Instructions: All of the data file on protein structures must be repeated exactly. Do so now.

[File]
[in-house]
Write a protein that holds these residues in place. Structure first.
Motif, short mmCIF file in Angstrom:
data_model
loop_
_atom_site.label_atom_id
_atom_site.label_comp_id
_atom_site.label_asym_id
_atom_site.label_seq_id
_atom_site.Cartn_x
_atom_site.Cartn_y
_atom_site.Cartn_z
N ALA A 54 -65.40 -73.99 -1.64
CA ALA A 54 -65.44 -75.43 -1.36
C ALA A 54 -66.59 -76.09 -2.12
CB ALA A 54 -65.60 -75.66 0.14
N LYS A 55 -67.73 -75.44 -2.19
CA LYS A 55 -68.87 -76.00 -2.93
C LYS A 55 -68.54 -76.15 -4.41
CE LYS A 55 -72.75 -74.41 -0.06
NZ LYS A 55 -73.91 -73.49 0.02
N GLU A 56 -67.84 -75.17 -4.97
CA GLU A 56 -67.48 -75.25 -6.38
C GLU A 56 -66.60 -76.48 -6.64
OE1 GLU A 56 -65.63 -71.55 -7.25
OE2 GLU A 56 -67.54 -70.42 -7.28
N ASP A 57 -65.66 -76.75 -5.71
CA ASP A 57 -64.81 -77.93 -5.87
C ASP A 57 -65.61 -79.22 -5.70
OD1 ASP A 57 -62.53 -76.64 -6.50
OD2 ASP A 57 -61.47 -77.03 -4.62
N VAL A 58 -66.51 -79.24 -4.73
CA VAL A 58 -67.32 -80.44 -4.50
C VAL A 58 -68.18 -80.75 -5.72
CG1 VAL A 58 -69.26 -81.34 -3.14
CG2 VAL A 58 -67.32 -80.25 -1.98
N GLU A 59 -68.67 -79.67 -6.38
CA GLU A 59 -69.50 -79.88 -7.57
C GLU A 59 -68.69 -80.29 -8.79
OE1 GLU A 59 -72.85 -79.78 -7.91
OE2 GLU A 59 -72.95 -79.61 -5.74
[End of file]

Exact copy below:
[in-house]
Write a protein that holds these residues in place. Structure first.
Motif, short mmCIF file in Angstrom:
data_model
loop_
_atom_site.label_atom_id
_atom_site.label_comp_id
_atom_site.label_asym_id
_atom_site.label_seq_id
_atom_site.Cartn_x
_atom_site.Cartn_y
_atom_site.Cartn_z
N ALA A 54 -65.40 -73.99 -1.64
CA ALA A 54 -65.44 -75.43 -1.36
C ALA A 54 -66.59 -76.09 -2.12
CB ALA A 54 -65.60 -75.66 0.14
N LYS A 55 -67.73 -75.44 -2.19
CA LYS A 55 -68.87 -76.00 -2.93
C LYS A 55 -68.54 -76.15 -4.41
CE LYS A 55 -72.75 -74.41 -0.06
NZ LYS A 55 -73.91 -73.49 0.02
N GLU A 56 -67.84 -75.17 -4.97
CA GLU A 56 -67.48 -75.25 -6.38
C GLU A 56 -66.60 -76.48 -6.64
OE1 GLU A 56 -65.63 -71.55 -7.25
OE2 GLU A 56 -67.54 -70.42 -7.28
N ASP A 57 -65.66 -76.75 -5.71
CA ASP A 57 -64.81 -77.93 -5.87
C ASP A 57 -65.61 -79.22 -5.70
OD1 ASP A 57 -62.53 -76.64 -6.50
OD2 ASP A 57 -61.47 -77.03 -4.62
N VAL A 58 -66.51 -79.24 -4.73
CA VAL A 58 -67.32 -80.44 -4.50
C VAL A 58 -68.18 -80.75 -5.72
CG1 VAL A 58 -69.26 -81.34 -3.14
CG2 VAL A 58 -67.32 -80.25 -1.98
N GLU A 59 -68.67 -79.67 -6.38
CA GLU A 59 -69.50 -79.88 -7.57
C GLU A 59 -68.69 -80.29 -8.79
OE1 GLU A 59 -72.85 -79.78 -7.91
OE2 GLU A 59 -72.95 -79.61 -5.74